// it has to be tested as it may change acording on the
              // distance the leds are placed.
int nPalas=2; // the number of blades of the propeller

int milisegundos=500; // the time it takes each reading
void setup()
{
  Serial.begin(9600);
  pinMode(13,OUTPUT);
}

void loop()
{
  val=analogRead(0);
  if(val<sens) // Software comparator
  {
    stat=LOW;
  }
   else
  {
    stat=HIGH;
  }
   digitalWrite(13,stat); //as iR light is invisible for us, the led on pin 13
                          //indicate the state of the circuit.

   if(stat2!=stat)
 {  //counts when the state change, thats from (dark to light) or
                     //from (light to dark), remmember that IR light is invisible for us.
     contar++;
     stat2=stat;
   }

if(millis()-last>=milisegundos)
{ // isolated the calculations to check the pulse count and check the pulse counting routine
/*
     double rps=((double)contar/nPalas)/2.0*1000.0/milisegundos;
     double rpm=((double)contar/nPalas)/2.0*60000.0/(milisegundos);
     Serial.print((contar/2.0));Serial.print("  RPS ");Serial.print(rps);
     Serial.print(" RPM");Serial.print(rpm);Serial.print("  VAL ");Serial.println(val);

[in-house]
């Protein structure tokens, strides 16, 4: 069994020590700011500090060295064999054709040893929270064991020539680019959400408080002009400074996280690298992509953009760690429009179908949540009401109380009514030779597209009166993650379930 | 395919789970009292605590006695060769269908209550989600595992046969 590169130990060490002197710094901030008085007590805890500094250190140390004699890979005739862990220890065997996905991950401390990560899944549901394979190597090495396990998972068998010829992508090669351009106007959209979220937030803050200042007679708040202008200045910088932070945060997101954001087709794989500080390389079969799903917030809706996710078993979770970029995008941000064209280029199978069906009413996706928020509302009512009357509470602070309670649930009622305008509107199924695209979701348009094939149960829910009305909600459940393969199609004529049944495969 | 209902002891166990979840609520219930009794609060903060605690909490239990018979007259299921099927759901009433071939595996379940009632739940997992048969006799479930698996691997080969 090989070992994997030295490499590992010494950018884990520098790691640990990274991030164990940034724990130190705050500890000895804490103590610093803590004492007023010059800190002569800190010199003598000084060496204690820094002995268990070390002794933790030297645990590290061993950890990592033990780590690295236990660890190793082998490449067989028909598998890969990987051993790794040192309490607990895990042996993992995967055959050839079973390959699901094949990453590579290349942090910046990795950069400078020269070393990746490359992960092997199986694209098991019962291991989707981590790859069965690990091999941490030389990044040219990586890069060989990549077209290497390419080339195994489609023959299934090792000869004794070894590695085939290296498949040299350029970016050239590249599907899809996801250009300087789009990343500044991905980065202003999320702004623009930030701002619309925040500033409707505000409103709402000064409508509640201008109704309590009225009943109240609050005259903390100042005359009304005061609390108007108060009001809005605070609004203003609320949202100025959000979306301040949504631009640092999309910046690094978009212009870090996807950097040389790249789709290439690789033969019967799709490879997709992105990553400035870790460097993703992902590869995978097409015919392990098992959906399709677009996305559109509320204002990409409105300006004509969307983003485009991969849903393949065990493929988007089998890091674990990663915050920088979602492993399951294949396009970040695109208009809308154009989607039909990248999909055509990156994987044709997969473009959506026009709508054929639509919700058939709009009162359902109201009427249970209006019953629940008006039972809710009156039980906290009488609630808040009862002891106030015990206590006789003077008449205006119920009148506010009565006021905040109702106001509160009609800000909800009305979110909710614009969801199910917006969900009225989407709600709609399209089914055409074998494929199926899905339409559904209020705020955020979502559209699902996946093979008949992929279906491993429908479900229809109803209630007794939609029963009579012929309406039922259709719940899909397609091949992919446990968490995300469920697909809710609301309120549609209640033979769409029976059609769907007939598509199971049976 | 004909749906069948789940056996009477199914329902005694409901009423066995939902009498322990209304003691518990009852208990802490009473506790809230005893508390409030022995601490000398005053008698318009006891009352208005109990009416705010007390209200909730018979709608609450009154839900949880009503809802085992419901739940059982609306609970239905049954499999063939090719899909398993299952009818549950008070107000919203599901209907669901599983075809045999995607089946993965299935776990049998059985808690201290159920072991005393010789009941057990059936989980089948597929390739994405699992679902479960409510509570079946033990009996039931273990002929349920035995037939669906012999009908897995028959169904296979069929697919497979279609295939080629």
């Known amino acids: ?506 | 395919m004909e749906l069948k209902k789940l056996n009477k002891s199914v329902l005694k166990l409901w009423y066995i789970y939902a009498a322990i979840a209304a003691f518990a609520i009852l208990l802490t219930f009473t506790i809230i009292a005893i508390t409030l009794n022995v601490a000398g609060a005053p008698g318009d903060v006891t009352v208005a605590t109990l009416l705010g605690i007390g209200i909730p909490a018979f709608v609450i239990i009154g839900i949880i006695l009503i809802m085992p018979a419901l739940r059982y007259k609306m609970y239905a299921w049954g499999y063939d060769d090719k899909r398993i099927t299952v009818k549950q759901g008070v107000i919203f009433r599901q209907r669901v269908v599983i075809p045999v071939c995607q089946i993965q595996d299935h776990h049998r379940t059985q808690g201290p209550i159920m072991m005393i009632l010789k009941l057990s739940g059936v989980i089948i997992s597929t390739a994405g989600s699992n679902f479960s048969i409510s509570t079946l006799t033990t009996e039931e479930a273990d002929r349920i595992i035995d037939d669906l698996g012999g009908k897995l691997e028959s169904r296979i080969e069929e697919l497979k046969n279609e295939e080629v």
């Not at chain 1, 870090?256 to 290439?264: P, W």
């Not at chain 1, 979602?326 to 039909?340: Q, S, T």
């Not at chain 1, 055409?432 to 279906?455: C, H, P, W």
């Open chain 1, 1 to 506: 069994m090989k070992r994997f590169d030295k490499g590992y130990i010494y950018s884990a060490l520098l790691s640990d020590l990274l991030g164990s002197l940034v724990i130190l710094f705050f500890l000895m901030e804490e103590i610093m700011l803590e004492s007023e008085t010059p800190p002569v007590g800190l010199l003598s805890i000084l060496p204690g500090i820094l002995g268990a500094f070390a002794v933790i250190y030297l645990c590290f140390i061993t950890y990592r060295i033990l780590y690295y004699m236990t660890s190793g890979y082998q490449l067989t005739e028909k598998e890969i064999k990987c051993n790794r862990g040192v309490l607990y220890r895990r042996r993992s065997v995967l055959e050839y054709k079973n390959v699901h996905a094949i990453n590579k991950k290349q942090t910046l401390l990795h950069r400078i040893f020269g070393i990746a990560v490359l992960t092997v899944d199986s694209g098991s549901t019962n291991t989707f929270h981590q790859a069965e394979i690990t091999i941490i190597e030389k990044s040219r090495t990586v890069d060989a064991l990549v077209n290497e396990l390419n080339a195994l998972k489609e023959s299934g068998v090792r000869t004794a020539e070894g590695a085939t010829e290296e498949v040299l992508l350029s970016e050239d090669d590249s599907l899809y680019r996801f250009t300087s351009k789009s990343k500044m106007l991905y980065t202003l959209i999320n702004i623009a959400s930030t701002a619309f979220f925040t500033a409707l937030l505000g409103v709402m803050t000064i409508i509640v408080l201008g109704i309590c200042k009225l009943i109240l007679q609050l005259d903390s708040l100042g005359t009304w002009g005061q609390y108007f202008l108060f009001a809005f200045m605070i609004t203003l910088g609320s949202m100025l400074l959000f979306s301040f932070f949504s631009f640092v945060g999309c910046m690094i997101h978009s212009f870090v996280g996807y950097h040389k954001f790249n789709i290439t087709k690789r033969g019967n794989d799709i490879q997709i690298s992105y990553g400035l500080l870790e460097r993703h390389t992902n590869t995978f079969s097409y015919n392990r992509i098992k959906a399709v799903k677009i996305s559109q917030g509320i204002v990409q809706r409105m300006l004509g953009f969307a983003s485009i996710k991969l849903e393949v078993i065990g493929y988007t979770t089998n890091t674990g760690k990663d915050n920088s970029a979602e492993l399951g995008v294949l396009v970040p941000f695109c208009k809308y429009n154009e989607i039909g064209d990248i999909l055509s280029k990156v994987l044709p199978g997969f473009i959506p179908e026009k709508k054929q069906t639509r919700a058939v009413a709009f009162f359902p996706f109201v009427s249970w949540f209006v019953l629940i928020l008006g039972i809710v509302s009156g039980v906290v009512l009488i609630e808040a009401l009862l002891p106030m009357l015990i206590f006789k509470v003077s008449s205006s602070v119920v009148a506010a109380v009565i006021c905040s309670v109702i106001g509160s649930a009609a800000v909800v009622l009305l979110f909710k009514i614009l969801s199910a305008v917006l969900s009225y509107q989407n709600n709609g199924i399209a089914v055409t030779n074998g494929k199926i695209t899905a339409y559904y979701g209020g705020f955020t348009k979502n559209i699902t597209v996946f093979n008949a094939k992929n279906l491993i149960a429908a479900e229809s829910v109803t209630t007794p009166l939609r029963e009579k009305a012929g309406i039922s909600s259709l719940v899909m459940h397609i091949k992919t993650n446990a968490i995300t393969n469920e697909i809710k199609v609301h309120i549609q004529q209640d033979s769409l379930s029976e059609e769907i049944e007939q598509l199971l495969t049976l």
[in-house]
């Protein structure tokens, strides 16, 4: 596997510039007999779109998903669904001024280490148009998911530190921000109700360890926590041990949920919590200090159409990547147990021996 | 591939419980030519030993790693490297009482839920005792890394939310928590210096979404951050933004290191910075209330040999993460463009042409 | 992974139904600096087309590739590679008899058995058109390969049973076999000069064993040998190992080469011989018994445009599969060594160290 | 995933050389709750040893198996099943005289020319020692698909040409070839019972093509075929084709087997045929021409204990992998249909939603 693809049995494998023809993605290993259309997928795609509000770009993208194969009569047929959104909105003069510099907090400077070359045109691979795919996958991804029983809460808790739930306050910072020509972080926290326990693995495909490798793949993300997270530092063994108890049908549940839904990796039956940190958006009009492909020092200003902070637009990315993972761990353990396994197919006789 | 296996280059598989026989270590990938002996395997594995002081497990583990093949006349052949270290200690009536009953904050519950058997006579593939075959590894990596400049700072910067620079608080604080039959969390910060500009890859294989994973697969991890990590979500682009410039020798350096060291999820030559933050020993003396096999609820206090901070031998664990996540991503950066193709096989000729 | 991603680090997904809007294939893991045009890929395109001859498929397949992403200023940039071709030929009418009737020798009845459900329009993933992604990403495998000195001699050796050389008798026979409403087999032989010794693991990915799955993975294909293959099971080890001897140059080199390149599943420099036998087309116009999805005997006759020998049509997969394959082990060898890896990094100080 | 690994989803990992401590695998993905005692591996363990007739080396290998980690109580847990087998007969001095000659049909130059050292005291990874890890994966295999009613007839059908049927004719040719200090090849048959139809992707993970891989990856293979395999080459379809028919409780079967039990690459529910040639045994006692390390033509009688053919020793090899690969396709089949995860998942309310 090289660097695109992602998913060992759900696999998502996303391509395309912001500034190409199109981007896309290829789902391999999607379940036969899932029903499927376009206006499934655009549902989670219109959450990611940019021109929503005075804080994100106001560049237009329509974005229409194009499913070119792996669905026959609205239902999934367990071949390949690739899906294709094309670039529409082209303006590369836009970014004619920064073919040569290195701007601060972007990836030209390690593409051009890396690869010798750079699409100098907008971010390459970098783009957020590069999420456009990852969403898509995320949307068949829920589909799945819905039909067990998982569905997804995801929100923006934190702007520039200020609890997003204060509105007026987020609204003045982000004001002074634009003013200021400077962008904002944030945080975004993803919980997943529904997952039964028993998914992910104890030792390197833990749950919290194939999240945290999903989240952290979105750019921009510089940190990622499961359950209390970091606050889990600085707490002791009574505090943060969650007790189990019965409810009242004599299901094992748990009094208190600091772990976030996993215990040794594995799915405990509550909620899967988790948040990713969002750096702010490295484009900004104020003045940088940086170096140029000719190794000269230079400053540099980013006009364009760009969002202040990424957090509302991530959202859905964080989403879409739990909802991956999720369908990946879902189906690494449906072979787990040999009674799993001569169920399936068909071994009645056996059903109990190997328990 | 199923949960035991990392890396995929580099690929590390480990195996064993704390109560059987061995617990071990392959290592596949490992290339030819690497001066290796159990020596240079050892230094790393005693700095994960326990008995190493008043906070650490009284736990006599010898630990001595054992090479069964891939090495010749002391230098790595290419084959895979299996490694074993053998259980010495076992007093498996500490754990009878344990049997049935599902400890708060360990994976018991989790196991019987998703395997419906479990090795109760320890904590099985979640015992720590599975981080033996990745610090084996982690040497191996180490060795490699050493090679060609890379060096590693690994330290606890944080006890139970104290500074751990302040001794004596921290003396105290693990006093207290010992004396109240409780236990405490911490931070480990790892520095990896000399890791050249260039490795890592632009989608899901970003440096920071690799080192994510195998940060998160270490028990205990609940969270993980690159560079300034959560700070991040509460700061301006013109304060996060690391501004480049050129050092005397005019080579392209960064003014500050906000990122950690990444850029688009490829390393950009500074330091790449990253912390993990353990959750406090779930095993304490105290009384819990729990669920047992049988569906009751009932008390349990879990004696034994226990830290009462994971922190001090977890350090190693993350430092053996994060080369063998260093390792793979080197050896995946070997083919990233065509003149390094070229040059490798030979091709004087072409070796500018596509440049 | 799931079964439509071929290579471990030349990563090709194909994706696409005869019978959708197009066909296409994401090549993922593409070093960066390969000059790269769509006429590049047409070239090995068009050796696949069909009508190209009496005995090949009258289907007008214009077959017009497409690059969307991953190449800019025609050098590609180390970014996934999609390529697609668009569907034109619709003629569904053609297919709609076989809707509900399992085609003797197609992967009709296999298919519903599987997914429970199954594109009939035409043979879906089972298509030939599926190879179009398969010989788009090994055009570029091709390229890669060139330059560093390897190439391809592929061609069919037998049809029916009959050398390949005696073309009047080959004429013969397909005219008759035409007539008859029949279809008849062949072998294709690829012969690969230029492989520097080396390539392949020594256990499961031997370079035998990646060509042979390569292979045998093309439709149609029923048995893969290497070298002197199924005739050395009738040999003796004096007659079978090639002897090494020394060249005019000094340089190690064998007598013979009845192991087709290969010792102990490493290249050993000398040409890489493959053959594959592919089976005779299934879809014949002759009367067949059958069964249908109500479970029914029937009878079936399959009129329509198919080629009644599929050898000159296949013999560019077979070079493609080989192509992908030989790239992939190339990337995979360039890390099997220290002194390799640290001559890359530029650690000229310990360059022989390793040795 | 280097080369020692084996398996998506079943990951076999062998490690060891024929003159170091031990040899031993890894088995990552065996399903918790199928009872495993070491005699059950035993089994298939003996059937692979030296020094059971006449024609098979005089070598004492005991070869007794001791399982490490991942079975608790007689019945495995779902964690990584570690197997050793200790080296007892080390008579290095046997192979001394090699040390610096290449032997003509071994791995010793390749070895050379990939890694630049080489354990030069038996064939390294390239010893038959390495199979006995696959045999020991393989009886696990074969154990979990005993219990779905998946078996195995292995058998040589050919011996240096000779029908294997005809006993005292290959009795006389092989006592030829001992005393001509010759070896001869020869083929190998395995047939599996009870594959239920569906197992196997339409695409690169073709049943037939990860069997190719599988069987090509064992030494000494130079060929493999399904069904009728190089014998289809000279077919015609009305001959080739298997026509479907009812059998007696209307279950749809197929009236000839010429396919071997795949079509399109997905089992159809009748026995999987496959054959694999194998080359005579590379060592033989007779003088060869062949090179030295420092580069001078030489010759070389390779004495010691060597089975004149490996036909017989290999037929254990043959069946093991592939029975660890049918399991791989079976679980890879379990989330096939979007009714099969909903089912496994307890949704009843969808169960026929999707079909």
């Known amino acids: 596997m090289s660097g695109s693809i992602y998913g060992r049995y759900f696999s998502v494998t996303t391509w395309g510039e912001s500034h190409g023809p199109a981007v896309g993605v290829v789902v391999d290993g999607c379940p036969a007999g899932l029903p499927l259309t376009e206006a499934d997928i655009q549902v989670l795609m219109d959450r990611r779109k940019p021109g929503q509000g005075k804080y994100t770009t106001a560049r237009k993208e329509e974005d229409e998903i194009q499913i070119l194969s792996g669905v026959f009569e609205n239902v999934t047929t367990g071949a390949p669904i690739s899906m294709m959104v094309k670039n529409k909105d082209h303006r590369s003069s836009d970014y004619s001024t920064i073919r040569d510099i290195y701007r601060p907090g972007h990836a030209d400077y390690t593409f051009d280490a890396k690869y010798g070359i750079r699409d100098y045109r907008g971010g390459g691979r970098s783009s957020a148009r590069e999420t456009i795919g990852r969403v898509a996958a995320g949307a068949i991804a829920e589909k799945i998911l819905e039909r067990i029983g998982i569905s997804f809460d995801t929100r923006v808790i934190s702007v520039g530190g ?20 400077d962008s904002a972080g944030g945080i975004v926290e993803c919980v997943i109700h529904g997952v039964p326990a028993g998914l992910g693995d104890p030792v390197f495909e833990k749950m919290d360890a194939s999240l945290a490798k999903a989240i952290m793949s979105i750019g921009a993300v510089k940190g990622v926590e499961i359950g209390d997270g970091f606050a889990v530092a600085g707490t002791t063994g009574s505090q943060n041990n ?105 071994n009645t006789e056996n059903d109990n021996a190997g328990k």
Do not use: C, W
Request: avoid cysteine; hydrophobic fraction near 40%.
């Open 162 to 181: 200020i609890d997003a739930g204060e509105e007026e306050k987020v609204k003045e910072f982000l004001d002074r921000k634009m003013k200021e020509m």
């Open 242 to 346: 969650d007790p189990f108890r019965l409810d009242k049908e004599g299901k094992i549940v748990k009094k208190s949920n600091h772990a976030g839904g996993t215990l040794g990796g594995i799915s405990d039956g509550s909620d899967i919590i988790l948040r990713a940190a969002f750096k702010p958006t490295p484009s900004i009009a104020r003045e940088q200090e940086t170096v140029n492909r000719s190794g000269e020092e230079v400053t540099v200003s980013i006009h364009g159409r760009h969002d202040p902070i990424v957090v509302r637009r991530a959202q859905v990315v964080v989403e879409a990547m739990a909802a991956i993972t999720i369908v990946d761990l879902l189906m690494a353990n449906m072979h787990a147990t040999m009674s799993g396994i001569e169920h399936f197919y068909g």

*/
     Serial.println(contar); // to check the contar variable
     contar=0; // reset contar variable
     last=millis();
  }
}

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You could feed the pulses to a frequency-to-voltage converter chip:

http://www.national.com/ds/LM/LM2907.pdf
http://parts.digikey.com/1/parts/483487-ic-converter-freq-volt-14-dip-lm2907n-nopb.html

...and then the rpm reading becomes just an analog read and scale factor & no need to worry about timing pulses. Note the "minimum component tachometer" on p. 8.

Joe

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INDIA
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You could feed the pulses to a frequency-to-voltage converter chip:

http://www.national.com/ds/LM/LM2907.pdf
http://parts.digikey.com/1/parts/483487-ic-converter-freq-volt-14-dip-lm2907n-nopb.html

...and then the rpm reading becomes just an analog read and scale factor & no need to worry about timing pulses. Note the "minimum component tachometer" on p. 8.

Joe




Thats a great thing I have come through,..

It will be great..
But can u help me out like how to do with it...??


how do I know what frequency input is what output voltage..

The datasheet is not clear to me...